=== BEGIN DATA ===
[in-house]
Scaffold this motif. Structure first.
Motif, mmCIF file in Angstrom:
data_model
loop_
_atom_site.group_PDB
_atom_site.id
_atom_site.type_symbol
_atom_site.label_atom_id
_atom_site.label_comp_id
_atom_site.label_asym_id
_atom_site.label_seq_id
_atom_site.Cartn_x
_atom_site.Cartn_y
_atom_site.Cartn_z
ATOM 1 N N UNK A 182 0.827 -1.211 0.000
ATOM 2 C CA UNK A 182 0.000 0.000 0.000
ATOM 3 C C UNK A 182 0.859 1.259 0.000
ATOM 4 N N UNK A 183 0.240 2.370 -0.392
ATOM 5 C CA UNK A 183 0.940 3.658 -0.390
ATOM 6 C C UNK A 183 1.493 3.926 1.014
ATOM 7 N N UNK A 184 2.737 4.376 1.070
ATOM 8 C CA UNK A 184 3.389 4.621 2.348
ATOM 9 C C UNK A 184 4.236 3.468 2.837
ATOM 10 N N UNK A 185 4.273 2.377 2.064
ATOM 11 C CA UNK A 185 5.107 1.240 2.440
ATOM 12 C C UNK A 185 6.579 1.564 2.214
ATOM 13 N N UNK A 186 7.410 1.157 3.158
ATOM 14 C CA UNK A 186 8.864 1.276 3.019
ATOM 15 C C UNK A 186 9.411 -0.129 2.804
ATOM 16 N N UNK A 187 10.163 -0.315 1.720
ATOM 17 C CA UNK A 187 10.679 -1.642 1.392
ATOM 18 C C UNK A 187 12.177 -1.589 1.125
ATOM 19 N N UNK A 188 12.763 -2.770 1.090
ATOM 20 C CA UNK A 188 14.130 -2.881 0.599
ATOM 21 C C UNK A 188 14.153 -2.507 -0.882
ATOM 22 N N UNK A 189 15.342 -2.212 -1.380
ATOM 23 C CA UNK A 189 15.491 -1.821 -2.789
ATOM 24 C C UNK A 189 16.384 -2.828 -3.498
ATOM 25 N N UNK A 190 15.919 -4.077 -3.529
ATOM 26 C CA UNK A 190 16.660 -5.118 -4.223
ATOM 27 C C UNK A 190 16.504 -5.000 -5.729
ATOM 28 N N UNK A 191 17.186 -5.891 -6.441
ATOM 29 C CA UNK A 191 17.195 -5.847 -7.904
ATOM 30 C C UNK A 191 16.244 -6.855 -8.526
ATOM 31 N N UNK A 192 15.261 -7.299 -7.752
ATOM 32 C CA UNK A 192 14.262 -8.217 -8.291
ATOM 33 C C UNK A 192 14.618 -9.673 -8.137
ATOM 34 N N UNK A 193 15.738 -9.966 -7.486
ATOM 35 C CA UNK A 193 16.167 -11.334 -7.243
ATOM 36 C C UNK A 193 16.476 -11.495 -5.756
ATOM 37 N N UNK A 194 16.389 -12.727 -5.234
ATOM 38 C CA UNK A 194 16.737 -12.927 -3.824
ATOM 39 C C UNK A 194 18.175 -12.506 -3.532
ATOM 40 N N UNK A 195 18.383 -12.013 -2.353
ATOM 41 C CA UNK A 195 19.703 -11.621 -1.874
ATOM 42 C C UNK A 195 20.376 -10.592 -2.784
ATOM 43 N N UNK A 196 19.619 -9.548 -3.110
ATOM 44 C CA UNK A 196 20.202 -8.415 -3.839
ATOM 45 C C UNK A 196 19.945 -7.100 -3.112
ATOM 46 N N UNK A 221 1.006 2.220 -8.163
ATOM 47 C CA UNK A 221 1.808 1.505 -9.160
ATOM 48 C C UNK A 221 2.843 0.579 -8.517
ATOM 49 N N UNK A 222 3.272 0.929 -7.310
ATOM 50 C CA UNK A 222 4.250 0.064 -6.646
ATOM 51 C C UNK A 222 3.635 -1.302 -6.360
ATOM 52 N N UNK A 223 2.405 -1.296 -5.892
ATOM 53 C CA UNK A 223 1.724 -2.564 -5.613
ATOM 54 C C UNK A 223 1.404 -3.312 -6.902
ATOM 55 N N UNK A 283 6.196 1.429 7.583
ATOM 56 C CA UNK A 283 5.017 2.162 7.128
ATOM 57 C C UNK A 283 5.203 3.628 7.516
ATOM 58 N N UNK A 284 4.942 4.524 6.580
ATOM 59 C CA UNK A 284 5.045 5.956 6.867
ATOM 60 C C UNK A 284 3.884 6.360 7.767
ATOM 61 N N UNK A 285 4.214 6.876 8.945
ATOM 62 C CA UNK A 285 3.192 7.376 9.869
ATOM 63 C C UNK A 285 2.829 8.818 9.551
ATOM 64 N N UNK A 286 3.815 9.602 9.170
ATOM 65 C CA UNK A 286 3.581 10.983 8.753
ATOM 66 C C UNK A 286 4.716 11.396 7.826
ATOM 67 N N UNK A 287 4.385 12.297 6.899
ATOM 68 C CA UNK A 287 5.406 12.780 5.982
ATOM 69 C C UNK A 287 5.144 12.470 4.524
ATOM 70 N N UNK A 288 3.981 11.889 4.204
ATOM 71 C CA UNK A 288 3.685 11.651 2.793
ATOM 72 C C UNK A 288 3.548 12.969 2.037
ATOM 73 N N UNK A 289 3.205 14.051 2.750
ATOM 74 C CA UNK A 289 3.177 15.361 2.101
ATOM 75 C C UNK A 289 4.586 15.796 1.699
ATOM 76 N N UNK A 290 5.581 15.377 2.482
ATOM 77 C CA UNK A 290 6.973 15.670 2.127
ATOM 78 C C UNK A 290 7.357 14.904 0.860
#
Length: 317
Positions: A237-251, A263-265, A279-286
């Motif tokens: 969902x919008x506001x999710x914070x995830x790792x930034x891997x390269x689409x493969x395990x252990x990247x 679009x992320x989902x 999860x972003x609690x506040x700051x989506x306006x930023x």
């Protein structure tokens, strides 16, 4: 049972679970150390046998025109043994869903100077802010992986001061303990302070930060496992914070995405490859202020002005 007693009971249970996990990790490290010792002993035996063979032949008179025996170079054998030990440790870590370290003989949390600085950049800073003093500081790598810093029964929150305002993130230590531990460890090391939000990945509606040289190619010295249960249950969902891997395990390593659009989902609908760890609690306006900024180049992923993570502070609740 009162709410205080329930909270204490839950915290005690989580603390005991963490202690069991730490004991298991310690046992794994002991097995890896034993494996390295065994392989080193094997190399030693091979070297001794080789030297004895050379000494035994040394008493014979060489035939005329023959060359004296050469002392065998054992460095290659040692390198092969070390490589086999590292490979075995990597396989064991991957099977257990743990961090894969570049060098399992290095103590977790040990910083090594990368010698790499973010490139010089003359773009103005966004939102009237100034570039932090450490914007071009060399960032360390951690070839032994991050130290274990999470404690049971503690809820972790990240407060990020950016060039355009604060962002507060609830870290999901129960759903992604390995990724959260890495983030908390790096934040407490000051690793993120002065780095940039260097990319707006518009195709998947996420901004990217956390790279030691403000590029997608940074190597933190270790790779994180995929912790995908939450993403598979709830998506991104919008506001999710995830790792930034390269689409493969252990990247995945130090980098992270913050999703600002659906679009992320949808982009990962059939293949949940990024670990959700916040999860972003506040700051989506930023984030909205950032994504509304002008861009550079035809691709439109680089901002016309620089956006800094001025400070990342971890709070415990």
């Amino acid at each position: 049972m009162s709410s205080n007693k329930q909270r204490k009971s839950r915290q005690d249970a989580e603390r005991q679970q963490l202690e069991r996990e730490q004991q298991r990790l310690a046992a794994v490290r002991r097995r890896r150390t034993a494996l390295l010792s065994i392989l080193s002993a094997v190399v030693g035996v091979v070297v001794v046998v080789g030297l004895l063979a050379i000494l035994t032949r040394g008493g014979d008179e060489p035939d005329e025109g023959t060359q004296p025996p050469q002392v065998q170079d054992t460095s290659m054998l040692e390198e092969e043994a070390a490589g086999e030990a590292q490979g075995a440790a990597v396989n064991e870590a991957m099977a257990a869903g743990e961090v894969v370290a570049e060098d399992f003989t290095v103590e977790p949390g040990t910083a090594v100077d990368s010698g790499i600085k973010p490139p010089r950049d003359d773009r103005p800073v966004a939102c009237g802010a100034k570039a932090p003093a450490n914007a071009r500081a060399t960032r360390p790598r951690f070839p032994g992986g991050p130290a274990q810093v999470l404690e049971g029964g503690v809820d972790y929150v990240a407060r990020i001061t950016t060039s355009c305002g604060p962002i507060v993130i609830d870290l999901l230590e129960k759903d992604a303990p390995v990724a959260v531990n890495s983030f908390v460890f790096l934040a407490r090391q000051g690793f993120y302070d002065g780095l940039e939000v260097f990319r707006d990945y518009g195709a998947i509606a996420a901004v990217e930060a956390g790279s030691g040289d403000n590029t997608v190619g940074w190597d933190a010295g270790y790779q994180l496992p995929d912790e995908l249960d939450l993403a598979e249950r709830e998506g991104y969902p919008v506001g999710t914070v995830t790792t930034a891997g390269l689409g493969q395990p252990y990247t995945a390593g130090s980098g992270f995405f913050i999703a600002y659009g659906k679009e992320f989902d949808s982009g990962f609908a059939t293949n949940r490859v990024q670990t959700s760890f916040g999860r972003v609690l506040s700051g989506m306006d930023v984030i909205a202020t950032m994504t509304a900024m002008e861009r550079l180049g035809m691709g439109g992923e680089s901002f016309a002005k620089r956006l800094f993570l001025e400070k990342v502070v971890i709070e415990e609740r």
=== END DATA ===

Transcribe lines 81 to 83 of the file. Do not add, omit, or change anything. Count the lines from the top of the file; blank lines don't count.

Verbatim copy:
ATOM 66 C C UNK A 286 4.716 11.396 7.826
ATOM 67 N N UNK A 287 4.385 12.297 6.899
ATOM 68 C CA UNK A 287 5.406 12.780 5.982